Sunday, July 21, 2013

Do you know your Moon?

Moon, the satellite which moves around our planet Earth, is the most extensively observed celestial objects by humans.   We do look at the Sun, at sunrise and sunset, but rarely do we look at it during the day (and it is not advisable to look at the Sun when it is up above in the sky).  Looking at Moon conjures benign and romantic expressions.  Different phases of the Moon give humans something to talk about - full moon and new moon have taken on mystical interpretations by different civilizations.  Stories of werewolves are interwoven with full moon, while most Indians consider new moon to be inauspicious, except Tamilians who believe in the opposite.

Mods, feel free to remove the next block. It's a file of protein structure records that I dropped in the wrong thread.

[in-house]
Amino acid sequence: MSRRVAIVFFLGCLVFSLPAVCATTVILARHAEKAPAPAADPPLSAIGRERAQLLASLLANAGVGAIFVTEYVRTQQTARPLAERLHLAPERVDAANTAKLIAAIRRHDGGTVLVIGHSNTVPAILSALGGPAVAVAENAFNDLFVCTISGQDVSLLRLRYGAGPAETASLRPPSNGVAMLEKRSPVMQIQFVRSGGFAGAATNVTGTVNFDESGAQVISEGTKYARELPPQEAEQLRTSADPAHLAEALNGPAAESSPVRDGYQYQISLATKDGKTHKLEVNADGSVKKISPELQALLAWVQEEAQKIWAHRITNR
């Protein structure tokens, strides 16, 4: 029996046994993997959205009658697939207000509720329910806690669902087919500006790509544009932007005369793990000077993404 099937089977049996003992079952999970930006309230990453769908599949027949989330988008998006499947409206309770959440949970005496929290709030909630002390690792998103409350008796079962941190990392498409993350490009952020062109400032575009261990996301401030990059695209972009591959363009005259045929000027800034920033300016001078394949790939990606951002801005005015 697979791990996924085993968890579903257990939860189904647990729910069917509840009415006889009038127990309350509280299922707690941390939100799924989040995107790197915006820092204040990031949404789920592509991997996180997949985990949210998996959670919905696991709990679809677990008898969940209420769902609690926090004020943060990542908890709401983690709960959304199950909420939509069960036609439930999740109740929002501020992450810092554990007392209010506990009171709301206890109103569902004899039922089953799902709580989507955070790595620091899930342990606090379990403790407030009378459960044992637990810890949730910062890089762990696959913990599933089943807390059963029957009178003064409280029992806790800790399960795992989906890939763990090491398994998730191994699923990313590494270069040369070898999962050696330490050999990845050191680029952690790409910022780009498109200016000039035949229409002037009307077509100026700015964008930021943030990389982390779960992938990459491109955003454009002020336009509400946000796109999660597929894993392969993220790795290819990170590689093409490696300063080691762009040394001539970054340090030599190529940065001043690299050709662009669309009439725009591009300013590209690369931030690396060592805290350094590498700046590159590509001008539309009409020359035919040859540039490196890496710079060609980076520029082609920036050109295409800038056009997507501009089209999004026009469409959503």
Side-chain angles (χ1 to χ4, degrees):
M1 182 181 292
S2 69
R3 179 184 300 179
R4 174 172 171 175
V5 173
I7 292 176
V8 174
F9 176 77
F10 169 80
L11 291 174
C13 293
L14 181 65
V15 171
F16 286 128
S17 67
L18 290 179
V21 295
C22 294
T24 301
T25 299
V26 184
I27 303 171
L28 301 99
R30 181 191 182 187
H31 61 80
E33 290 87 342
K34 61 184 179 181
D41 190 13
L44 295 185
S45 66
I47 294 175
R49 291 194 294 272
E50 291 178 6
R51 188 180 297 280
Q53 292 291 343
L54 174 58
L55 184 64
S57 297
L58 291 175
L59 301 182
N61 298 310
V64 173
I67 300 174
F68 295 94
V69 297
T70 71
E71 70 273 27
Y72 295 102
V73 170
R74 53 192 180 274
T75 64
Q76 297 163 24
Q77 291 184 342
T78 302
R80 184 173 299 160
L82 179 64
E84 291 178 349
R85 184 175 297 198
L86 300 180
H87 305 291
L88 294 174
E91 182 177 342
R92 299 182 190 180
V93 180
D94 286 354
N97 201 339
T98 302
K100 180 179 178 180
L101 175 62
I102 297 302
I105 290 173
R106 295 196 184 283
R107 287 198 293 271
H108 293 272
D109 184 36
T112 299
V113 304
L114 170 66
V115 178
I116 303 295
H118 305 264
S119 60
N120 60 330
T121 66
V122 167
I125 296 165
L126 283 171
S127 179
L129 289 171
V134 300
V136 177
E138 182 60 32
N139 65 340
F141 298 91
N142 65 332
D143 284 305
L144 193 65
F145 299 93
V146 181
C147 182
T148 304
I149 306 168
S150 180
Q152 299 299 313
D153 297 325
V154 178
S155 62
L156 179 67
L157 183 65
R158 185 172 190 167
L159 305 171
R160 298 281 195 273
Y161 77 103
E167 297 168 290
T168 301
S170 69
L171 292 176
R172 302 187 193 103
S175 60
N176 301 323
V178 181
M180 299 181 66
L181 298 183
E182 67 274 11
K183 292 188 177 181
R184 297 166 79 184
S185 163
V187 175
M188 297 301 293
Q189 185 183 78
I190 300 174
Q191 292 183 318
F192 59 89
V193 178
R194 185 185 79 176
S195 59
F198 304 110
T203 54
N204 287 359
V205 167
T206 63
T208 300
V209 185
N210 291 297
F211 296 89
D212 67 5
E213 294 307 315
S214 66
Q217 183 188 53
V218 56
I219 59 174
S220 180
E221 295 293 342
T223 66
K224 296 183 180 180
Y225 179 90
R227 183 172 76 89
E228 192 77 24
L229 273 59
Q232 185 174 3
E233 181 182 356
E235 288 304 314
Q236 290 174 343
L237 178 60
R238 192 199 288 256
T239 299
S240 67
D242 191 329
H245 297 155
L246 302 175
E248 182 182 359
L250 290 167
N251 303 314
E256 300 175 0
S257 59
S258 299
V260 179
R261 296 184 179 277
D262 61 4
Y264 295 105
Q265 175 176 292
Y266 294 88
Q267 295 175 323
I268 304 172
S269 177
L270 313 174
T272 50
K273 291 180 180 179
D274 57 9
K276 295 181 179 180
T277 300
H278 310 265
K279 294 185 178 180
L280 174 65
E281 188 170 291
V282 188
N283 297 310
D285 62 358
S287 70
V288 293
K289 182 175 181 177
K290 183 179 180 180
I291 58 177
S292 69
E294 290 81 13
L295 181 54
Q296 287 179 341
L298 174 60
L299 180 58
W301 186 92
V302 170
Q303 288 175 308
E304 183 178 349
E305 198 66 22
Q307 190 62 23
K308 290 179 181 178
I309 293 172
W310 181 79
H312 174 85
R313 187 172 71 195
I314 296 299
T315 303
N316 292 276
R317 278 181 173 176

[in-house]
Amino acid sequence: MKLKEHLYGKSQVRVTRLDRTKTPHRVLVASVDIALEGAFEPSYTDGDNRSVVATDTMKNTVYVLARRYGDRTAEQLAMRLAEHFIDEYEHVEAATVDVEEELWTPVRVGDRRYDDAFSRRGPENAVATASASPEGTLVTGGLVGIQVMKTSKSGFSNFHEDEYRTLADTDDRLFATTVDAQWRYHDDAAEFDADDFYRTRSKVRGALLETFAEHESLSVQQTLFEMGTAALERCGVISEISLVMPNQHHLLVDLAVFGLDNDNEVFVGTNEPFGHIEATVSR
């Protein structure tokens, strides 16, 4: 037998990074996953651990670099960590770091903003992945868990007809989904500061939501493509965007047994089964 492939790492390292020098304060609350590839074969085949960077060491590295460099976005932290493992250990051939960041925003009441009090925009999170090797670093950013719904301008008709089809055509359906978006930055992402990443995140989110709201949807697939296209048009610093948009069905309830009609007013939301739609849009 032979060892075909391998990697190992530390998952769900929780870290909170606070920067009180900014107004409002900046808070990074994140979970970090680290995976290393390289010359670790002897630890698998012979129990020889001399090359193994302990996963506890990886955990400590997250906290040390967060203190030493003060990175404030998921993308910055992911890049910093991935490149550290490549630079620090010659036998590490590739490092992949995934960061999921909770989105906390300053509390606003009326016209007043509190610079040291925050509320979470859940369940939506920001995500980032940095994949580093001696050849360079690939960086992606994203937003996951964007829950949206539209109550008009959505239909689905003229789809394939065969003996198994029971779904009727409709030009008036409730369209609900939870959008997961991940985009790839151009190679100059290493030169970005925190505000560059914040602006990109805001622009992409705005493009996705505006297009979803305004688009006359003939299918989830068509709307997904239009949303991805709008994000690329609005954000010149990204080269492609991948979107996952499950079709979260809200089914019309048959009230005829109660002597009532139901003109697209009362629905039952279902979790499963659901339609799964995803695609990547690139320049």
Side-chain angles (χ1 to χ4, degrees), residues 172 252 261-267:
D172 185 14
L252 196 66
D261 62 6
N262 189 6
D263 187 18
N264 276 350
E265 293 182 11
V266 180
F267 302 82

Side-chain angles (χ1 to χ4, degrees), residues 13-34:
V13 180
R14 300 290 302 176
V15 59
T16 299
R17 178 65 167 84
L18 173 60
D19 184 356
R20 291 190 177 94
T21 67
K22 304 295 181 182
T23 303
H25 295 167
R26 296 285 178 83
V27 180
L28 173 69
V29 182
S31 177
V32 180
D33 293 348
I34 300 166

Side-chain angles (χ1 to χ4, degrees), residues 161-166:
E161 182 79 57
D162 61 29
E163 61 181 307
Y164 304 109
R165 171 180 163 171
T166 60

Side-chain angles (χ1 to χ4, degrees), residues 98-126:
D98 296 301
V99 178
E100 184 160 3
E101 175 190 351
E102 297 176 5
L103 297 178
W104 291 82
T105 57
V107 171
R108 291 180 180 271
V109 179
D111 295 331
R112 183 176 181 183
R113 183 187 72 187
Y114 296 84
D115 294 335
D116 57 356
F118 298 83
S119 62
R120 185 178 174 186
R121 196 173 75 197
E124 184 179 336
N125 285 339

So well do we know our nearest neighbor?

Sunday, December 16, 2012

‘All Life is one’

When I quote ‘all life is one’, I don’t say it in a philosophic way, spiritual way, the new age holistic way, the Gandhian way, or in some kind of karmic sense, or tantric sense, nor is it in a biblical way or koranic way, nor is it in post-modernistic, gaia-ic, dharmic, sanatanic, nor is it in poetic, metaphoric, satiric, or ironic way.

I say it in a scientific way. It is an ‘empirical fact’ that all life on planet earth is one.